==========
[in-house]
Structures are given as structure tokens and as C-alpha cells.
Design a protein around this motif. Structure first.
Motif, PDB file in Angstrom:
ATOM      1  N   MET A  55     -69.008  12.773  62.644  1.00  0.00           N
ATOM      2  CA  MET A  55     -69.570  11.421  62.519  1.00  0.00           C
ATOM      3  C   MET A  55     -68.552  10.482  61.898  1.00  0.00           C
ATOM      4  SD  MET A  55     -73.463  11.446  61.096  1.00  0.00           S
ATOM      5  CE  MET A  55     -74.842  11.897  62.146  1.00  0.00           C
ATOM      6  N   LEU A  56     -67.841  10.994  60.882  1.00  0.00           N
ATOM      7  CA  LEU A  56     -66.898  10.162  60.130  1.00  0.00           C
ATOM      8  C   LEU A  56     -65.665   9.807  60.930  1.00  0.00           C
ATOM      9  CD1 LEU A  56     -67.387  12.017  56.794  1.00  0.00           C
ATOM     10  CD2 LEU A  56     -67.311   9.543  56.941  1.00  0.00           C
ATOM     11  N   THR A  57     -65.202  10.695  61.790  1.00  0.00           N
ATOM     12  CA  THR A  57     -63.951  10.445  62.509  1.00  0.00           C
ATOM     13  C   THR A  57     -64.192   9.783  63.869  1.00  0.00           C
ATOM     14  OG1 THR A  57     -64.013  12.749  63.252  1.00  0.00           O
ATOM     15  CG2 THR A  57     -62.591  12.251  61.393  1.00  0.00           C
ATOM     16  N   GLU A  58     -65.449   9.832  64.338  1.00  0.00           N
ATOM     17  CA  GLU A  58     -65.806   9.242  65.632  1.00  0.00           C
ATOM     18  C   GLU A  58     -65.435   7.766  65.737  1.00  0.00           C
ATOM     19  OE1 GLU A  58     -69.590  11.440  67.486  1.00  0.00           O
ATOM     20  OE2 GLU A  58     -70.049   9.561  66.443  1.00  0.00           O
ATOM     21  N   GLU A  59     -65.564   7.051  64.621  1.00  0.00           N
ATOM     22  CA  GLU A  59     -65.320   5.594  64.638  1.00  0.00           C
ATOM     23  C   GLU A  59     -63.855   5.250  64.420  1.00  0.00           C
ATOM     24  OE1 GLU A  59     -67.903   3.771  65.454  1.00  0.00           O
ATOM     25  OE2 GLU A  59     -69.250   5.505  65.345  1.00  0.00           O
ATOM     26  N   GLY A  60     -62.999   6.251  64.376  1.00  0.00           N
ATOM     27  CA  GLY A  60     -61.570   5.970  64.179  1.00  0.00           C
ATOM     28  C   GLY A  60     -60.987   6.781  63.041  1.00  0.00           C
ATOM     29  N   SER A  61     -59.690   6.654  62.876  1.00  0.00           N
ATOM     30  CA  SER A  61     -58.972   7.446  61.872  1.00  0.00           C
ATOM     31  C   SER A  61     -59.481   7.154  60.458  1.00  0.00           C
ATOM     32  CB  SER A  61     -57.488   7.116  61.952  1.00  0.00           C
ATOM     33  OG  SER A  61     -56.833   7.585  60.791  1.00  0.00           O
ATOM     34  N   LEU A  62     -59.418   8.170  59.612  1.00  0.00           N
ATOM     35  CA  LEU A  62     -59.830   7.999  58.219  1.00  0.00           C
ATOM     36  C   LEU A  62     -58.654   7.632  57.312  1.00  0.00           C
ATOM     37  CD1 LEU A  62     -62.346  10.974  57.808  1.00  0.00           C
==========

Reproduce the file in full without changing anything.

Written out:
[in-house]
Structures are given as structure tokens and as C-alpha cells.
Design a protein around this motif. Structure first.
Motif, PDB file in Angstrom:
ATOM      1  N   MET A  55     -69.008  12.773  62.644  1.00  0.00           N
ATOM      2  CA  MET A  55     -69.570  11.421  62.519  1.00  0.00           C
ATOM      3  C   MET A  55     -68.552  10.482  61.898  1.00  0.00           C
ATOM      4  SD  MET A  55     -73.463  11.446  61.096  1.00  0.00           S
ATOM      5  CE  MET A  55     -74.842  11.897  62.146  1.00  0.00           C
ATOM      6  N   LEU A  56     -67.841  10.994  60.882  1.00  0.00           N
ATOM      7  CA  LEU A  56     -66.898  10.162  60.130  1.00  0.00           C
ATOM      8  C   LEU A  56     -65.665   9.807  60.930  1.00  0.00           C
ATOM      9  CD1 LEU A  56     -67.387  12.017  56.794  1.00  0.00           C
ATOM     10  CD2 LEU A  56     -67.311   9.543  56.941  1.00  0.00           C
ATOM     11  N   THR A  57     -65.202  10.695  61.790  1.00  0.00           N
ATOM     12  CA  THR A  57     -63.951  10.445  62.509  1.00  0.00           C
ATOM     13  C   THR A  57     -64.192   9.783  63.869  1.00  0.00           C
ATOM     14  OG1 THR A  57     -64.013  12.749  63.252  1.00  0.00           O
ATOM     15  CG2 THR A  57     -62.591  12.251  61.393  1.00  0.00           C
ATOM     16  N   GLU A  58     -65.449   9.832  64.338  1.00  0.00           N
ATOM     17  CA  GLU A  58     -65.806   9.242  65.632  1.00  0.00           C
ATOM     18  C   GLU A  58     -65.435   7.766  65.737  1.00  0.00           C
ATOM     19  OE1 GLU A  58     -69.590  11.440  67.486  1.00  0.00           O
ATOM     20  OE2 GLU A  58     -70.049   9.561  66.443  1.00  0.00           O
ATOM     21  N   GLU A  59     -65.564   7.051  64.621  1.00  0.00           N
ATOM     22  CA  GLU A  59     -65.320   5.594  64.638  1.00  0.00           C
ATOM     23  C   GLU A  59     -63.855   5.250  64.420  1.00  0.00           C
ATOM     24  OE1 GLU A  59     -67.903   3.771  65.454  1.00  0.00           O
ATOM     25  OE2 GLU A  59     -69.250   5.505  65.345  1.00  0.00           O
ATOM     26  N   GLY A  60     -62.999   6.251  64.376  1.00  0.00           N
ATOM     27  CA  GLY A  60     -61.570   5.970  64.179  1.00  0.00           C
ATOM     28  C   GLY A  60     -60.987   6.781  63.041  1.00  0.00           C
ATOM     29  N   SER A  61     -59.690   6.654  62.876  1.00  0.00           N
ATOM     30  CA  SER A  61     -58.972   7.446  61.872  1.00  0.00           C
ATOM     31  C   SER A  61     -59.481   7.154  60.458  1.00  0.00           C
ATOM     32  CB  SER A  61     -57.488   7.116  61.952  1.00  0.00           C
ATOM     33  OG  SER A  61     -56.833   7.585  60.791  1.00  0.00           O
ATOM     34  N   LEU A  62     -59.418   8.170  59.612  1.00  0.00           N
ATOM     35  CA  LEU A  62     -59.830   7.999  58.219  1.00  0.00           C
ATOM     36  C   LEU A  62     -58.654   7.632  57.312  1.00  0.00           C
ATOM     37  CD1 LEU A  62     -62.346  10.974  57.808  1.00  0.00           C